The government is reported to be planning to slash military spending, putting an effective end to the institution of mandatory military service. If the proposals are adopted troop numbers will be cut dramatically.
The number of volunteers would fall to 7,500
Germany is on the verge of cutting its army by more than a third, effectively ending the post-war tradition of mandatory military service, according to a newspaper report published Friday.
Conscription would be eliminated in all but name under the plan drawn up by Defense Minister Karl-Theodor zu Guttenberg, the German daily newspaper Sueddeutsche Zeitung said.
Unnamed government sources said that Guttenberg is about to present a plan to reduce the size of the country's standing army from 250,000 to 165,000 - including some 7,500 volunteers - later this month.
"The plan is seen as having an excellent chance with the coalition's parliamentary groups," the newspaper wrote.
The military face new challenges on lower budgets
The government aims to save some 8.3 billion euros ($10.7 billion) on defense by 2014 while at the same time adapting the military to meet new security threats.
A reduction in manpower would be accompanied by a "voluntary military service," effectively ending conscription but retaining its place in the German constitution.
'Quick, flexible and nimble'
Germany's military would benefit from the changes, said Ulrich Kirch, chairman of the armed service personnel lobby group Bundeswehr Association.
"The Bundeswehr must be quick, flexible and nimble and above all, more professional than now," Kirch told daily newspaper Mitteldeutsche Zeitung.
Guttenberg is expected to present the plan this month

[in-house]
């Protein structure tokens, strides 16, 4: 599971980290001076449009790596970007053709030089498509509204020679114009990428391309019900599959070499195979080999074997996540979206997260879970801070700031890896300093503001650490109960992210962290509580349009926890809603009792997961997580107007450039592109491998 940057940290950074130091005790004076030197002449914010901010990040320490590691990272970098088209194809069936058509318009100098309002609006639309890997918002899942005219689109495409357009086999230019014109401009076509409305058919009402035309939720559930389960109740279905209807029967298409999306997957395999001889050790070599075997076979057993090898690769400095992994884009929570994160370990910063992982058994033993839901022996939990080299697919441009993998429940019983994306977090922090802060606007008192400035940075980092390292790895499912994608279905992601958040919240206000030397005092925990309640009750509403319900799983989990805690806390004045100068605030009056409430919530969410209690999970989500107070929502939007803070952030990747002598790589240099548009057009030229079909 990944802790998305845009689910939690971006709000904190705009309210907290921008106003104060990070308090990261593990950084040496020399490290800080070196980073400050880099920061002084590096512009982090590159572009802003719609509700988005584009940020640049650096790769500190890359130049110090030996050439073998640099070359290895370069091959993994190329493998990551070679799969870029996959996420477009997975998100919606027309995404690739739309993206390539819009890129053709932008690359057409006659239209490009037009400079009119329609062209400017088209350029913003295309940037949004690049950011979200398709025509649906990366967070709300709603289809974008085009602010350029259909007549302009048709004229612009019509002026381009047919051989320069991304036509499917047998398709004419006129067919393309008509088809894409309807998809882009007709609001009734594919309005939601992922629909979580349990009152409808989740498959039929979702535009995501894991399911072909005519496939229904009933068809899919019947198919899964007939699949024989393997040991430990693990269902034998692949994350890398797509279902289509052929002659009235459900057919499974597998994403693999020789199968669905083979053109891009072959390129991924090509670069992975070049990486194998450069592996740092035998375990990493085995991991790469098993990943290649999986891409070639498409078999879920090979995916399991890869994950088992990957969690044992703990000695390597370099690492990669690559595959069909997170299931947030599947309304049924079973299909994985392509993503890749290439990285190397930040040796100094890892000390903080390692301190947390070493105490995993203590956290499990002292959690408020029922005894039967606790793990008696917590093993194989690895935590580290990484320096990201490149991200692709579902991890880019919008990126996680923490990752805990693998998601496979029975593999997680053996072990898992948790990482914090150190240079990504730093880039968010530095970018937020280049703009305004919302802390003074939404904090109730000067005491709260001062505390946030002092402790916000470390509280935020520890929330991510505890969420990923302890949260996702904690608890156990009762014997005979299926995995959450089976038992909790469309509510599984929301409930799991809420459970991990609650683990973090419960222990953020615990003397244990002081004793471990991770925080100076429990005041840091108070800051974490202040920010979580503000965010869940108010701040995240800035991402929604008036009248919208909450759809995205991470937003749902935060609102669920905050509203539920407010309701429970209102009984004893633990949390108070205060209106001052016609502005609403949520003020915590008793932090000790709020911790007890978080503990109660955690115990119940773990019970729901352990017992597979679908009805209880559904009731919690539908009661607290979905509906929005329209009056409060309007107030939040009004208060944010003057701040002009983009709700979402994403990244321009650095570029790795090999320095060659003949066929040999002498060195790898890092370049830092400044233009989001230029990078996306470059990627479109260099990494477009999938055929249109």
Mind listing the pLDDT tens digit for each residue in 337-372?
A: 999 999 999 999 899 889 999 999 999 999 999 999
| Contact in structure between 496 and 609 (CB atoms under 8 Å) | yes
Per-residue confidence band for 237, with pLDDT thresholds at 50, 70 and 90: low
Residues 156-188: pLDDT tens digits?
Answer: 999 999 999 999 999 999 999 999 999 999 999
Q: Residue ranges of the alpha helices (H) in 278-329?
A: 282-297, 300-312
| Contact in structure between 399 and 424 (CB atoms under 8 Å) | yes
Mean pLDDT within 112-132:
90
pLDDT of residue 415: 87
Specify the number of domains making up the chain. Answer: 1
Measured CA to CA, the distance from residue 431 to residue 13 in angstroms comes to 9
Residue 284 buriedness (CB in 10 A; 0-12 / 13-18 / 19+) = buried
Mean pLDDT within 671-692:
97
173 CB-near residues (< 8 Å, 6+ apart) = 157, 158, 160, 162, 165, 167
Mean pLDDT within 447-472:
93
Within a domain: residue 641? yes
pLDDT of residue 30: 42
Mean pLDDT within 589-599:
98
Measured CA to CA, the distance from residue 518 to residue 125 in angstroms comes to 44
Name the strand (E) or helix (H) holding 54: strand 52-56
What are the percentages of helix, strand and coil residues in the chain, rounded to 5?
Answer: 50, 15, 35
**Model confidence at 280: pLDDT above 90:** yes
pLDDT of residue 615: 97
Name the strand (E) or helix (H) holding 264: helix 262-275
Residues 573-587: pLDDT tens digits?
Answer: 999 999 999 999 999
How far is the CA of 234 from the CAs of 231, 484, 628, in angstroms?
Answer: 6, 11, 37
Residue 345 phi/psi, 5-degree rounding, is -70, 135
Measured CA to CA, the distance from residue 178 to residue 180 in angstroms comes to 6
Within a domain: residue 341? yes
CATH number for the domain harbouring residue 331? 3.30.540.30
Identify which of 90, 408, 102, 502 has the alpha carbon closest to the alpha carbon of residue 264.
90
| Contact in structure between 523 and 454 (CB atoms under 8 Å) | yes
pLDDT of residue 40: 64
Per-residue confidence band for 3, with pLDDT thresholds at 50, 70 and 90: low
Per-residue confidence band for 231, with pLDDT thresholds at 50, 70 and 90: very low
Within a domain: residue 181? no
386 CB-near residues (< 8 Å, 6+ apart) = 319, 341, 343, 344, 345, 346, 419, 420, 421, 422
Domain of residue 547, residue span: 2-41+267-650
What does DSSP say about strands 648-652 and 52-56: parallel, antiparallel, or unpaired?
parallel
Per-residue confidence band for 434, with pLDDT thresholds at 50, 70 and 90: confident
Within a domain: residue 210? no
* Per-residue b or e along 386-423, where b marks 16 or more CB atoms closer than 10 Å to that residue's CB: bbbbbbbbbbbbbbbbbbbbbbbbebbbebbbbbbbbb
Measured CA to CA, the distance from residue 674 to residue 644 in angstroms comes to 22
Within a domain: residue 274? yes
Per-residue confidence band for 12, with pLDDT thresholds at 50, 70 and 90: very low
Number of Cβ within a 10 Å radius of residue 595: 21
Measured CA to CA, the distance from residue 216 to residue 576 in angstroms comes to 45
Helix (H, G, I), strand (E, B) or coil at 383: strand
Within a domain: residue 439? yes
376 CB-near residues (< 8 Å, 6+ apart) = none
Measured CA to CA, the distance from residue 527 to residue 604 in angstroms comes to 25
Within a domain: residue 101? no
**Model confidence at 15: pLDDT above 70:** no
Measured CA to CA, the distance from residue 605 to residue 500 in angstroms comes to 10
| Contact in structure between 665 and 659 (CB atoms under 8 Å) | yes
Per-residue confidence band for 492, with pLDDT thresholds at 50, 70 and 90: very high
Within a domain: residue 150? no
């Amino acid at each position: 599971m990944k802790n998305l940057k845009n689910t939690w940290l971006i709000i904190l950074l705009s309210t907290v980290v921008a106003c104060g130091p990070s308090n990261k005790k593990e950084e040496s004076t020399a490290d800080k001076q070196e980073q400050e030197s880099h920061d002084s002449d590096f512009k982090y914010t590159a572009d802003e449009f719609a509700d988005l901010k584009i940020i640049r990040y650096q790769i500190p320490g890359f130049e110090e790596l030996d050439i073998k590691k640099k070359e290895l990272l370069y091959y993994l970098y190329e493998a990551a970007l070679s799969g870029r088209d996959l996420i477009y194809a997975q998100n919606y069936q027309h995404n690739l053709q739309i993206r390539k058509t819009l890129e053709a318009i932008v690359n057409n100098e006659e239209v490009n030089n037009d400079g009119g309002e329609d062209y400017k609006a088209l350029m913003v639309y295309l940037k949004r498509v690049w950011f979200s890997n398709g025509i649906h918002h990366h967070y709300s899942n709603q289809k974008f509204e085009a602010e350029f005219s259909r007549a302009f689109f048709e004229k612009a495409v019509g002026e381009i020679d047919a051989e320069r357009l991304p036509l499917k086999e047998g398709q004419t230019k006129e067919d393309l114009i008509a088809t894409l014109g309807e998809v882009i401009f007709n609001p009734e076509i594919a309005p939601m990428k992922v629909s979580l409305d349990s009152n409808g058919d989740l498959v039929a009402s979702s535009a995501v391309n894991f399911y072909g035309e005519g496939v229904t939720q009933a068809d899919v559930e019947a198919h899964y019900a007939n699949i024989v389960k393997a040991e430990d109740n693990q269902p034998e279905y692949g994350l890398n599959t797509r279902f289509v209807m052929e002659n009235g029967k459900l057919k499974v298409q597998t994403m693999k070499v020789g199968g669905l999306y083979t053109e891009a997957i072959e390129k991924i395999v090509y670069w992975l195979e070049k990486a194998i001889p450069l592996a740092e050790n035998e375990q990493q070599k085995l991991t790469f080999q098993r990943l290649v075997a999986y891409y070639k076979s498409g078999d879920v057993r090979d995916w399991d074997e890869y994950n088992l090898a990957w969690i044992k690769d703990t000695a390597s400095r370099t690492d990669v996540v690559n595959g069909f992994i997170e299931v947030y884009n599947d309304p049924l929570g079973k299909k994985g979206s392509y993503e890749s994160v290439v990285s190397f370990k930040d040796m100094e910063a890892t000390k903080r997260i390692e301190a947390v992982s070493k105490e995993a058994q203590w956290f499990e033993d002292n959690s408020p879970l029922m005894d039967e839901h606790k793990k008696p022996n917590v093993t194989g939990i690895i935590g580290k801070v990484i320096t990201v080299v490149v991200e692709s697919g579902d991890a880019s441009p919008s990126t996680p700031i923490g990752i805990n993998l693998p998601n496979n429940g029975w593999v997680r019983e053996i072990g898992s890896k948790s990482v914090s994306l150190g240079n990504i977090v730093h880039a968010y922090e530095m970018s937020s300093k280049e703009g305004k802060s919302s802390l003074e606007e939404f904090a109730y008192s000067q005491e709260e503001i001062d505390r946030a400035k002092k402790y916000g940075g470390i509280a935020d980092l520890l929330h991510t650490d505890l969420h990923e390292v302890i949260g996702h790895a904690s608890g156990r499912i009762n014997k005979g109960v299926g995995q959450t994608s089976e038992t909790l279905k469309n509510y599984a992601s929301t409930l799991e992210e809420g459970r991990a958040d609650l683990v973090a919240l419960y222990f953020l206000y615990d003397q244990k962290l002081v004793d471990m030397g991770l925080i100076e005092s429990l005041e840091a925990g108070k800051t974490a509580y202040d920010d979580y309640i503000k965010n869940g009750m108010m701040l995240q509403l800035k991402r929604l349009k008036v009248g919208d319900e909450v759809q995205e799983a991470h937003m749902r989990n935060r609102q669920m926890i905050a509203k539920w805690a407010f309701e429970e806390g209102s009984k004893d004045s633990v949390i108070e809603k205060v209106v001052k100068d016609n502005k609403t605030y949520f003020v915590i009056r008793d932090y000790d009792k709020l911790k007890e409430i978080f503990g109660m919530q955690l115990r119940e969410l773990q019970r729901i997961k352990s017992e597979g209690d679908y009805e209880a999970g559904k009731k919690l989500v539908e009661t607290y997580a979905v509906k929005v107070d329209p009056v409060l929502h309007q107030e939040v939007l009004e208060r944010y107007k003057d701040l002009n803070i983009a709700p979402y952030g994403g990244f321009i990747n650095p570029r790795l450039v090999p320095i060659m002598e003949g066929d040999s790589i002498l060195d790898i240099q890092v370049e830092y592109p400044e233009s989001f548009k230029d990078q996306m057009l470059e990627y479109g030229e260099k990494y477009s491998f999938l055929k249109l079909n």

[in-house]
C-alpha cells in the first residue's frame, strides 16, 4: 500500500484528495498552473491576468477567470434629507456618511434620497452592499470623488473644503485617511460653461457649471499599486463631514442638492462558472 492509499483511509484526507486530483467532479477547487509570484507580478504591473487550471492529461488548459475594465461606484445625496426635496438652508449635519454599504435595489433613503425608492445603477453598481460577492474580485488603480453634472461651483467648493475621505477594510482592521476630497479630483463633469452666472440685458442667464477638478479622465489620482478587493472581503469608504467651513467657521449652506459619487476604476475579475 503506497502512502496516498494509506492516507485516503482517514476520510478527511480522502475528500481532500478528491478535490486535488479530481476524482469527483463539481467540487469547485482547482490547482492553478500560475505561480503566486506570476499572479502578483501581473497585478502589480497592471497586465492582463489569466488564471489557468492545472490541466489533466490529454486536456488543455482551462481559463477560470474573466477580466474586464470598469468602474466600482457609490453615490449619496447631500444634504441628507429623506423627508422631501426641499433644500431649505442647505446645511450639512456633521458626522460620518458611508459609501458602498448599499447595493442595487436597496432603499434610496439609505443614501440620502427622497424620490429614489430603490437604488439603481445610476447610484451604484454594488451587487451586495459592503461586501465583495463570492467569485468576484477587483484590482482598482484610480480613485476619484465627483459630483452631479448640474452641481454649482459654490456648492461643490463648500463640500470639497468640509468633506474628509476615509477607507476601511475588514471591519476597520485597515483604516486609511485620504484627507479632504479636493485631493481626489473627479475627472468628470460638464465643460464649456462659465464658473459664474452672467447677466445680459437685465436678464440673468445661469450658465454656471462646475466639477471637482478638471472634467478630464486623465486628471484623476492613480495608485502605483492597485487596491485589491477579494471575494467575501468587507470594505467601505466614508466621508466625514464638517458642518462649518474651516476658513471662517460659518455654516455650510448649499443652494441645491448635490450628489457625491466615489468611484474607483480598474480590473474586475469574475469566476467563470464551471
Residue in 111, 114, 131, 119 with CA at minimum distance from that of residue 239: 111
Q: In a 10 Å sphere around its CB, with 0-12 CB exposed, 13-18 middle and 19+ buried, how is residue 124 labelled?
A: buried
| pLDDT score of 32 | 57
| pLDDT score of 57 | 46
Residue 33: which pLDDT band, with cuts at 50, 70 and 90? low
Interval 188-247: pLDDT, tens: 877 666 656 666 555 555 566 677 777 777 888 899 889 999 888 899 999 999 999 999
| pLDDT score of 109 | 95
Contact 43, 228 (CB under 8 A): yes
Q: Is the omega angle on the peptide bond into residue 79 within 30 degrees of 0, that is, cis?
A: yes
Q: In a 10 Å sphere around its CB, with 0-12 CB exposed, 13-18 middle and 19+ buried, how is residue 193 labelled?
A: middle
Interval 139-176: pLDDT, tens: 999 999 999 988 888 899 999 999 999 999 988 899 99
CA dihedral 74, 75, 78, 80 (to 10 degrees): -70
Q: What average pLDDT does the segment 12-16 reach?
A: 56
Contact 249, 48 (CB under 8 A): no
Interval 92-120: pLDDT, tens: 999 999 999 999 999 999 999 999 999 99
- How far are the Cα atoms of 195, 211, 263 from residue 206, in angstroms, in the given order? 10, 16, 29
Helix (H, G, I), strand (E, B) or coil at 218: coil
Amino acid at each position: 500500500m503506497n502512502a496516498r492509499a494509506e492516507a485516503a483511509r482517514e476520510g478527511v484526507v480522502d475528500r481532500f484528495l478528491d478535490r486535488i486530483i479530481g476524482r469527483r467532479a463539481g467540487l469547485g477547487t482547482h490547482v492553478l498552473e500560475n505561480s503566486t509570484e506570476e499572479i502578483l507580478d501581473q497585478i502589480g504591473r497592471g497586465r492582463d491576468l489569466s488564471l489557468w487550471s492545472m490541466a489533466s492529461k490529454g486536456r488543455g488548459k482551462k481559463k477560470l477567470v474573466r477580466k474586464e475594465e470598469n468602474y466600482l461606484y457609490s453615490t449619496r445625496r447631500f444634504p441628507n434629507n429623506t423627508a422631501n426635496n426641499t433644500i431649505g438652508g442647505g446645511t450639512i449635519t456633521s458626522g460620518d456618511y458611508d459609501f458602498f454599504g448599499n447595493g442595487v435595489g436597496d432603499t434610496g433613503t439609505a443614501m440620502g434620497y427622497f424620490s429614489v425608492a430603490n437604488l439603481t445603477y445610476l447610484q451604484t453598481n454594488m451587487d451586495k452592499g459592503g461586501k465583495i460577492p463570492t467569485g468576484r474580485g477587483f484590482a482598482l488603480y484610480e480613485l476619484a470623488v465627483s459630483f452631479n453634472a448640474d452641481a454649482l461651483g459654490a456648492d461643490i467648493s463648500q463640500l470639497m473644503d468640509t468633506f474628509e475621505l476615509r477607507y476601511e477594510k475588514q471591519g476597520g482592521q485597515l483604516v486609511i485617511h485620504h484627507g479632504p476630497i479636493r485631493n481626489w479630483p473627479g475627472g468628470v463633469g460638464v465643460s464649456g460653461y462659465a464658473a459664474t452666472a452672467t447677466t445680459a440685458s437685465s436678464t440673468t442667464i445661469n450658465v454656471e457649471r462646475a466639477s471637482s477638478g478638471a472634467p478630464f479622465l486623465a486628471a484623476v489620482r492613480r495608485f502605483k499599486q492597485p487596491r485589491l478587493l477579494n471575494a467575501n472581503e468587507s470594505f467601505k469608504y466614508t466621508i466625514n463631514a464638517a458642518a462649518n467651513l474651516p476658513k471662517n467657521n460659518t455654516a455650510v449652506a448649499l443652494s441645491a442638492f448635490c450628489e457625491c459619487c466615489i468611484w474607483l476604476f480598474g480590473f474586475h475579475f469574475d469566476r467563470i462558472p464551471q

Conservatives within all three government parties - the Christian Democratic Union (CDU), its Bavarian sister-party the CSU and the Free Democratic Party (FDP) - have so far resisted moves to end conscription.
Conscription is regarded by some as a virtuous institution in postwar Germany, with the presence of 'citizens in uniform' serving as a bulwark against the military elite that seized control during the Nazi period.
Until the 1990s, German men were forced to serve in the army for one and a half years from the age of 18. But young men could claim moral objections to military service, and opt to do civilian national service instead.
Since then, mandatory military service - no longer practiced in most European countries - has been shortened several times, with the latest reduction to just six months.
Cuts to military spending are also being considered in Britain, which aims to trim 20 percent from its defense budget. Analysts have suggested that the number of British army personnel could fall from the current 102,000 to 85,000.
Author: Richard Connor (AFP/dpa/AP)
Editor: Ben Knight